A second Seattle-based circuit extended to Vancouver through the efforts of Alexander Pantages, who opened Vancouver's first Pantages Theatre on January 6, 1908 at 150 East Hastings Street. Greek-born Pantages had made it to Seattle by way of the Klondike, where he entered into a partnership with a dance hall girl known as “Klondike Kate” Rockwell. They opened a Dawson City music hall called the Orpheum which, during its heyday, was so popular among the Yukon gold miners that it grossed $8,000 a day. It was from the States, however, that Pantages began his theatrical empire.
By the time he built the Vancouver Pantages, he had a small chain that included three theatres in Seattle. In 1926 he owned or controlled 74 theatres throughout Canada and the United States. The Vancouver theatre was so successful that Pantages built a larger and more opulent Pantages Theatre down the street at 20 West Hastings, which opened on June 18, 1917.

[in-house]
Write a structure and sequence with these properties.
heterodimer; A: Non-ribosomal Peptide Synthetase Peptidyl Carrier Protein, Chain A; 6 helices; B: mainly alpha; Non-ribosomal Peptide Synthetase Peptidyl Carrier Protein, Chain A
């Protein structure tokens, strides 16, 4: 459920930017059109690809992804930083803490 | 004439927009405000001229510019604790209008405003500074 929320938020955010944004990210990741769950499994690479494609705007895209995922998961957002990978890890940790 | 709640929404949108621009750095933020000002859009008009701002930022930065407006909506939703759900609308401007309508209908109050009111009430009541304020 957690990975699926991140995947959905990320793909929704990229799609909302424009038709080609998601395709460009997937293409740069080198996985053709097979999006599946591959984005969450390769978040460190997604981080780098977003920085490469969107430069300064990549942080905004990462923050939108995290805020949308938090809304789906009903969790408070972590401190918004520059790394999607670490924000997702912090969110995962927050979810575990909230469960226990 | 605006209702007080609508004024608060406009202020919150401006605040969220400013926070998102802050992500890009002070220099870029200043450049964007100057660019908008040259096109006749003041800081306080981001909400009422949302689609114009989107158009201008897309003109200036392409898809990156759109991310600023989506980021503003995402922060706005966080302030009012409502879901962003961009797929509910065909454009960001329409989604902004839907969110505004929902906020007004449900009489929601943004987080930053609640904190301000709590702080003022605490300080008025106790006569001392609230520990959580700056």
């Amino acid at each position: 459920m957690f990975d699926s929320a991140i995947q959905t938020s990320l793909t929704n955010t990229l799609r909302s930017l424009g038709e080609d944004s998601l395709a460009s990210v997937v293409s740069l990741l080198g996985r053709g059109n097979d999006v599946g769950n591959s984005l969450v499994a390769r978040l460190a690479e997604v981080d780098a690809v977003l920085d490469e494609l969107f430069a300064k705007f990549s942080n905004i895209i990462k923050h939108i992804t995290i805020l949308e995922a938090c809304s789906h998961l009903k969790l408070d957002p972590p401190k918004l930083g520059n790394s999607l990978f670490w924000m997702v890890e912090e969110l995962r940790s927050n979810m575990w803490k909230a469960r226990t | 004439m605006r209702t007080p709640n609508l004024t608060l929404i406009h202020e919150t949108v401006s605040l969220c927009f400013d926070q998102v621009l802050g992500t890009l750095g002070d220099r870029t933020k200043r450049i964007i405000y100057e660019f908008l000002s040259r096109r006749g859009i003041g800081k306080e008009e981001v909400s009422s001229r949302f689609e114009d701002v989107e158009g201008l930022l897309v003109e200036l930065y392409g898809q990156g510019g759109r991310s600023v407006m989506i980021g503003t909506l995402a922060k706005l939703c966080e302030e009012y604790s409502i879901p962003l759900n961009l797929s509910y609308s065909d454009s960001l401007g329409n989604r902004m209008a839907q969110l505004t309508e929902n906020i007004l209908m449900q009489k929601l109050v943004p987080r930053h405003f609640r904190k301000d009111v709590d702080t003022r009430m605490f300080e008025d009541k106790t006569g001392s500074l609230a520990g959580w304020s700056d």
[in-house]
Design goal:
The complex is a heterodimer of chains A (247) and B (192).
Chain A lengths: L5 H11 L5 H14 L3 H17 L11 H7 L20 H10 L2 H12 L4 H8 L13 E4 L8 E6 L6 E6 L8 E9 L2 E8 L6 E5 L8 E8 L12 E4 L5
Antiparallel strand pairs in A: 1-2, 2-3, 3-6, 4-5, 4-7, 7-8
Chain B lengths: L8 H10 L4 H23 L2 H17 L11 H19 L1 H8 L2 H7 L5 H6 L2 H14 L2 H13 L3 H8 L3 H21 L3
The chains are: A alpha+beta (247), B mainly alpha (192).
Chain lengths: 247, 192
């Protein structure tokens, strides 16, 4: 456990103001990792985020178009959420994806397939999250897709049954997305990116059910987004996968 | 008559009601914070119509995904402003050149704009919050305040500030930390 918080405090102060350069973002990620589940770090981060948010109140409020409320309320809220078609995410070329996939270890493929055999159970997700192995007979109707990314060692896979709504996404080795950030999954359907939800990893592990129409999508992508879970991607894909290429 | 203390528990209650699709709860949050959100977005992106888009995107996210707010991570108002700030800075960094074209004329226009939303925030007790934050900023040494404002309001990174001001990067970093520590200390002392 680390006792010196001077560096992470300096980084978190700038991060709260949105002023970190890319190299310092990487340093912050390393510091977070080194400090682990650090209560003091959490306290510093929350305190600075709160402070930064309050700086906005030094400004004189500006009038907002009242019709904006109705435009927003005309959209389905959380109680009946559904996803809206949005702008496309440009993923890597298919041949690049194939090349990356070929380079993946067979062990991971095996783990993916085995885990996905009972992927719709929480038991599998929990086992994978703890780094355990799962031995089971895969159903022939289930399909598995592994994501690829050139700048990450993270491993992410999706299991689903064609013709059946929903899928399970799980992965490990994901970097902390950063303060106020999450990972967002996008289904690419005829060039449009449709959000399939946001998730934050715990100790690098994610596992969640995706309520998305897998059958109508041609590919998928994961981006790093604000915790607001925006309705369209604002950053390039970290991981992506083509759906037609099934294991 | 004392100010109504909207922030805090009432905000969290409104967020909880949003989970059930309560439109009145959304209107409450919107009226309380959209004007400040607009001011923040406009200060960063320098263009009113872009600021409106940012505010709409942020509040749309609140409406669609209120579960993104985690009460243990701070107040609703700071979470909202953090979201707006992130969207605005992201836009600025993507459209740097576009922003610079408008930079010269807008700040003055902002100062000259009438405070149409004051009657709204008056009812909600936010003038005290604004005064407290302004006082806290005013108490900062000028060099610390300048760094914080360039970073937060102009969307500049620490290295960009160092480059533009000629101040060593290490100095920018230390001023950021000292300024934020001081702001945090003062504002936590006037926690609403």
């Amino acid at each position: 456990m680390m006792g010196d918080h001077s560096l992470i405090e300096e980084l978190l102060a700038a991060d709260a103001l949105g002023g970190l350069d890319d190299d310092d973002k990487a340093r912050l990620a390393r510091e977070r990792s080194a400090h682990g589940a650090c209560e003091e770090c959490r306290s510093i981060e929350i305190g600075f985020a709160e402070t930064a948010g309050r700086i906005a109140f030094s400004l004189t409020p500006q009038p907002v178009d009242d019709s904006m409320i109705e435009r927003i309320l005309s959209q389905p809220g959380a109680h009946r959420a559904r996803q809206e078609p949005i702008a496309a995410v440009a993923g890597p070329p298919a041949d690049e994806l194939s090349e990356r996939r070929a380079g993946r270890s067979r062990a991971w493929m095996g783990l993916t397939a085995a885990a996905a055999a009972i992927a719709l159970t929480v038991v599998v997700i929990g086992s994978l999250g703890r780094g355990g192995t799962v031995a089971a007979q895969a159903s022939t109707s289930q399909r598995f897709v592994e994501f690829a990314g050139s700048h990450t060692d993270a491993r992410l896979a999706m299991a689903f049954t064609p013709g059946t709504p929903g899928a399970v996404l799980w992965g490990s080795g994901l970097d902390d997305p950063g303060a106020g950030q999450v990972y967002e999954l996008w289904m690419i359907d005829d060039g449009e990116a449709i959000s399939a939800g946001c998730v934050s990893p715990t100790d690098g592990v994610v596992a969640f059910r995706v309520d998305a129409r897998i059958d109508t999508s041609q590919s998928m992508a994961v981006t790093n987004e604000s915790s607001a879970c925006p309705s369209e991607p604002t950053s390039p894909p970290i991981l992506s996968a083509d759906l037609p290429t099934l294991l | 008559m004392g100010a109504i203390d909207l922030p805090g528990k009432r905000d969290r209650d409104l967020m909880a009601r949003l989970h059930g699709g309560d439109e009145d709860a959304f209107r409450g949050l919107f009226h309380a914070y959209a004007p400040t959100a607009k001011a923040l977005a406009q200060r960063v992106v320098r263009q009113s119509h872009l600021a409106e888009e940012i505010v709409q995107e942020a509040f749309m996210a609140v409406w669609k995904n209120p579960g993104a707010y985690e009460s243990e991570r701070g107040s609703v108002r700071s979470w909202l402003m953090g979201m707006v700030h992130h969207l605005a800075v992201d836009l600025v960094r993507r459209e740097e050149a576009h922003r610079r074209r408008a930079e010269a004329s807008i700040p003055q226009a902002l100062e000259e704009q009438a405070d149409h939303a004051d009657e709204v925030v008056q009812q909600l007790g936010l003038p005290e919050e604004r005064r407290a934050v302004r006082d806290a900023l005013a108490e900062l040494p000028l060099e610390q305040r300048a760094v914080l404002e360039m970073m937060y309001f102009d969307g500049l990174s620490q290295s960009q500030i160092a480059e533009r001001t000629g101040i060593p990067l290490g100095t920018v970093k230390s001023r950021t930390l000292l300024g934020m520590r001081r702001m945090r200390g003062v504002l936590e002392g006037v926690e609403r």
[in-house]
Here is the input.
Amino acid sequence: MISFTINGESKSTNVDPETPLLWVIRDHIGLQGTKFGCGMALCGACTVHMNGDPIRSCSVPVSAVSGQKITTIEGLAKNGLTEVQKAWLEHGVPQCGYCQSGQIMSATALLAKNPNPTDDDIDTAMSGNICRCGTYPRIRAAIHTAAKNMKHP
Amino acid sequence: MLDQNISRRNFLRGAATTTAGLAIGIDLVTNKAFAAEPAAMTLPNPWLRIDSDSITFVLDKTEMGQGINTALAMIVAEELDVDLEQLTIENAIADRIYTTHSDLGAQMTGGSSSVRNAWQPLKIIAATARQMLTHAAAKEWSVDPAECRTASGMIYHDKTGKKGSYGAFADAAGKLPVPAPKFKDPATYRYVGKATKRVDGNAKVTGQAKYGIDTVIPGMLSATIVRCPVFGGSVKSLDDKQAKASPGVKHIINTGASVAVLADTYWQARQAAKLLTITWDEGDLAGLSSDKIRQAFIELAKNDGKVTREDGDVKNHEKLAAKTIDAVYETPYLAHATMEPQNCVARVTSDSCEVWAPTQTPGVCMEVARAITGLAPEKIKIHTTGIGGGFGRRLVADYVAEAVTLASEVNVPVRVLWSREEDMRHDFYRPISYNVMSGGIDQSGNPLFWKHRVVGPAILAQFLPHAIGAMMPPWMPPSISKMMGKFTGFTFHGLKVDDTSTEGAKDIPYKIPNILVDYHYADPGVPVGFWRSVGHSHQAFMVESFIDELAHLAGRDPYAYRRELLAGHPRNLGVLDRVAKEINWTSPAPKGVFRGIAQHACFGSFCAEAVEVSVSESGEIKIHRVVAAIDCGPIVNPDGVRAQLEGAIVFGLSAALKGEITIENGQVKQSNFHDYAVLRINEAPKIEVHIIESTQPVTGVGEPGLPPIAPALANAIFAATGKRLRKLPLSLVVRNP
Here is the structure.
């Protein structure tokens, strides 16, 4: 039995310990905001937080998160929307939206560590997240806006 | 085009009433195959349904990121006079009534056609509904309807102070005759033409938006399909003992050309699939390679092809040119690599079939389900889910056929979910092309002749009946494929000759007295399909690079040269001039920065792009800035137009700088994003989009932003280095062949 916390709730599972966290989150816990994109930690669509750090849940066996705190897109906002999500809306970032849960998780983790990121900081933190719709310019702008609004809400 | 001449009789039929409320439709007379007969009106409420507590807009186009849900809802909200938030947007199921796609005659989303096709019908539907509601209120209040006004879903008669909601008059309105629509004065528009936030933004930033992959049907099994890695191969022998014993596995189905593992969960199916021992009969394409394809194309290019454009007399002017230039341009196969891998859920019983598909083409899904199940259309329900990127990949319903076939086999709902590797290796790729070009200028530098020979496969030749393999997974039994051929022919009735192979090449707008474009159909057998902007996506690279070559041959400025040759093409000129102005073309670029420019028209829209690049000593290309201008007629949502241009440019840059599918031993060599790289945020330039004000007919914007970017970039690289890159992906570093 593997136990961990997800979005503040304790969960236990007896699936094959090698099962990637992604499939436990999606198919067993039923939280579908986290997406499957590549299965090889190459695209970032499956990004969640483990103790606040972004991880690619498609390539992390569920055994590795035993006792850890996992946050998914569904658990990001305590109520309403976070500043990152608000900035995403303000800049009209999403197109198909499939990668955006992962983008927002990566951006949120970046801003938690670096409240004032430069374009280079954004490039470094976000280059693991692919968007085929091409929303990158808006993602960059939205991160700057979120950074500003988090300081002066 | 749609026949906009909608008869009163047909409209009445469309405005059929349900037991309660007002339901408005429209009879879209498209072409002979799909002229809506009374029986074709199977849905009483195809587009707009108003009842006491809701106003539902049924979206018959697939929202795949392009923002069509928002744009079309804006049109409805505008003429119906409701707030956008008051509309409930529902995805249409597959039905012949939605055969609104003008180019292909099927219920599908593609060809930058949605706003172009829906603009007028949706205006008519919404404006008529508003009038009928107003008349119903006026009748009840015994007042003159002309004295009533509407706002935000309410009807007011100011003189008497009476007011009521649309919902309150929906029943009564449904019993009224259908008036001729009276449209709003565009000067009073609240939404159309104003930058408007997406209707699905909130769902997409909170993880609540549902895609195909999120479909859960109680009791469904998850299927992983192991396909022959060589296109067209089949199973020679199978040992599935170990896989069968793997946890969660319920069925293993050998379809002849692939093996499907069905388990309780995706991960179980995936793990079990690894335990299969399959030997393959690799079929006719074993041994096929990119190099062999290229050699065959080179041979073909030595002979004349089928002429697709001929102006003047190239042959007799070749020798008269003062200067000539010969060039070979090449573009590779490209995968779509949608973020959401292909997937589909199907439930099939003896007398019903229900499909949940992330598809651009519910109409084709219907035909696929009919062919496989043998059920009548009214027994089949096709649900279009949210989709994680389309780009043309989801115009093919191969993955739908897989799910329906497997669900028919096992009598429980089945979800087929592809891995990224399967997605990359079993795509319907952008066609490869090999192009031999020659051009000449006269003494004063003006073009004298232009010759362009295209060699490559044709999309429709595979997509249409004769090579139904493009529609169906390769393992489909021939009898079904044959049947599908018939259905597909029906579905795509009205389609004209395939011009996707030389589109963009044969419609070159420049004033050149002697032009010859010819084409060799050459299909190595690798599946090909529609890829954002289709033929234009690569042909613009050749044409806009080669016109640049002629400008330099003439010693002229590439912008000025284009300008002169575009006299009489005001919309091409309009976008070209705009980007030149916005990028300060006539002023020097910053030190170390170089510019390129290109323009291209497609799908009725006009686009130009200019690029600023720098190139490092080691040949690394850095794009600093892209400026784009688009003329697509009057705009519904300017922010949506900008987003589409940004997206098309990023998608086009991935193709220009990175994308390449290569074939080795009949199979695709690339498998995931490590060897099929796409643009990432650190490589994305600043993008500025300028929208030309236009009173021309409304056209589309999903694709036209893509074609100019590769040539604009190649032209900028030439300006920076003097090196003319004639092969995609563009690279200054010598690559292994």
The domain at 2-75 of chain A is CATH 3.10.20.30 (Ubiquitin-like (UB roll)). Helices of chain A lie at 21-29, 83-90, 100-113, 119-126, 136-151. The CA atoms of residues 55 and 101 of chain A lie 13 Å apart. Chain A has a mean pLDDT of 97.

The first Pantages, the city's oldest surviving theatre, went through a variety of permutations over the years, they were: the Royal in 1919; a burlesque theatre called the State; the Avon in 1953, when it was the home of the Everyman Theatre Company; City Nights classic film venue in the 1970s; and finally a Chinese cinema, the Sun Sing. The now abandoned theatre's opera boxes, soaring proscenium arch at the front of the stage and ornate decorative work on the walls are potent reminders of a past era. The Pantages Theatre, despite its present disrepair, retains an elegant, intimate atmosphere, and the acoustics are superb. (next page)
©2006, Dance Collection Danse